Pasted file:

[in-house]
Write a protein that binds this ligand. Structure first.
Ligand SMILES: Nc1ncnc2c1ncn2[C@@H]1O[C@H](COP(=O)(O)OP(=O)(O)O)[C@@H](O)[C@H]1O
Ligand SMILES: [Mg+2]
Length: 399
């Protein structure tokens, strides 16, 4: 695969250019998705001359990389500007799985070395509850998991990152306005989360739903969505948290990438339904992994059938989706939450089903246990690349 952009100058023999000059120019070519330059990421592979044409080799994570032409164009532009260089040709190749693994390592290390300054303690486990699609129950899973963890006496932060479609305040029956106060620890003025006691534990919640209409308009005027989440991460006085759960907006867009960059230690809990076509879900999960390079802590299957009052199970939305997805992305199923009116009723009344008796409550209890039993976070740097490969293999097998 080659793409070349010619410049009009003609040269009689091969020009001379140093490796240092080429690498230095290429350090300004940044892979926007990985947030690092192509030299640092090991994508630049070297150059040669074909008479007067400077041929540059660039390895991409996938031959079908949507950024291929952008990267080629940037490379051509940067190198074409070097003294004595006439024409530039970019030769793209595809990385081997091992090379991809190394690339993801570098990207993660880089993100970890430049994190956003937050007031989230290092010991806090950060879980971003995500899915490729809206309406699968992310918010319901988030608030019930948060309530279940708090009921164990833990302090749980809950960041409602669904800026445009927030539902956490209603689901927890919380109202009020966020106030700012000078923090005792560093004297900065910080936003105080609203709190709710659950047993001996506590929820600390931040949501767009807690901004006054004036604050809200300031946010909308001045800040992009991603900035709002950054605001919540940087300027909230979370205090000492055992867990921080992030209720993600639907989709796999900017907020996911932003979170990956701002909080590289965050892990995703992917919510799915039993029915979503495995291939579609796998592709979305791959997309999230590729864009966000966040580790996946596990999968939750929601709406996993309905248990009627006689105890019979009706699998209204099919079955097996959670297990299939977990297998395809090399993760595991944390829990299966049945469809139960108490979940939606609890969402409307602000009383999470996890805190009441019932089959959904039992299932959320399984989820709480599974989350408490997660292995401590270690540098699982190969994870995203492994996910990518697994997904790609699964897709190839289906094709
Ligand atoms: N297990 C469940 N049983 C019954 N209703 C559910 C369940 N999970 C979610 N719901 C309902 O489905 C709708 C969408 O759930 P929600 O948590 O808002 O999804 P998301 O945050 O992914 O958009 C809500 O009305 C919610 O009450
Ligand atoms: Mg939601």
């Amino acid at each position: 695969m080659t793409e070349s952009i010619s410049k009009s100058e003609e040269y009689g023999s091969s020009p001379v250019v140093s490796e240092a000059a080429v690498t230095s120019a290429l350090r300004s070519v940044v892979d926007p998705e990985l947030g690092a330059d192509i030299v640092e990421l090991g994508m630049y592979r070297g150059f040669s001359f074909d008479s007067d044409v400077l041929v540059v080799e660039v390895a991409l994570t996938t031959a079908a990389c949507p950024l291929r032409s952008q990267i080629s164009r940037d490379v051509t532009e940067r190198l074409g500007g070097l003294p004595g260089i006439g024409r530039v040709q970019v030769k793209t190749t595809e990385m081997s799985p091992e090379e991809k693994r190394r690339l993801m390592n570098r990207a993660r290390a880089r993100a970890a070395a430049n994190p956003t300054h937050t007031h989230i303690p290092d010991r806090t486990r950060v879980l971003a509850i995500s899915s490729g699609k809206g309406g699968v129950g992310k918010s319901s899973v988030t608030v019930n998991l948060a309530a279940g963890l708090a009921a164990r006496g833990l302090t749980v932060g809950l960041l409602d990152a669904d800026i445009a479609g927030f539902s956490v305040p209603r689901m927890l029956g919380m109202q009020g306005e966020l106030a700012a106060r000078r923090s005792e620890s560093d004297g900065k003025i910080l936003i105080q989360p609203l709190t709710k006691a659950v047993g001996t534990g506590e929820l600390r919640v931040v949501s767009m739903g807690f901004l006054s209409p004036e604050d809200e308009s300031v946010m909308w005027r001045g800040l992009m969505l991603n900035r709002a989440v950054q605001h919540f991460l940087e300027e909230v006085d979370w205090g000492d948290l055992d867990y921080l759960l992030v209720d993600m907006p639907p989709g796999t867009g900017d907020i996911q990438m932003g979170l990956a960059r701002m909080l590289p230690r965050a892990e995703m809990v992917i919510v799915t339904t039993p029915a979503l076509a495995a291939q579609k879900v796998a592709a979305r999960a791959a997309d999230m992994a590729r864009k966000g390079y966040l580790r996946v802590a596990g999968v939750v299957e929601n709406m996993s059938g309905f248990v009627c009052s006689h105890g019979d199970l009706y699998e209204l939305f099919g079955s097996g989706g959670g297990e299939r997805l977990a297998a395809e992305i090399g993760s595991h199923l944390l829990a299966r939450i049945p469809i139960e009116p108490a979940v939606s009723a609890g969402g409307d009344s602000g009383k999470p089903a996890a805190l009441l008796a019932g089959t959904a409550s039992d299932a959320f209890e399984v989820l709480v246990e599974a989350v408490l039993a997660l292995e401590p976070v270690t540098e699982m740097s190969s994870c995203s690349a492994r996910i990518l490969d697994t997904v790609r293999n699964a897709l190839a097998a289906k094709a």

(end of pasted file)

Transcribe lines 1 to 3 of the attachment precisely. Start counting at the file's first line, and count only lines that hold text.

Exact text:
[in-house]
Write a protein that binds this ligand. Structure first.
Ligand SMILES: Nc1ncnc2c1ncn2[C@@H]1O[C@H](COP(=O)(O)OP(=O)(O)O)[C@@H](O)[C@H]1O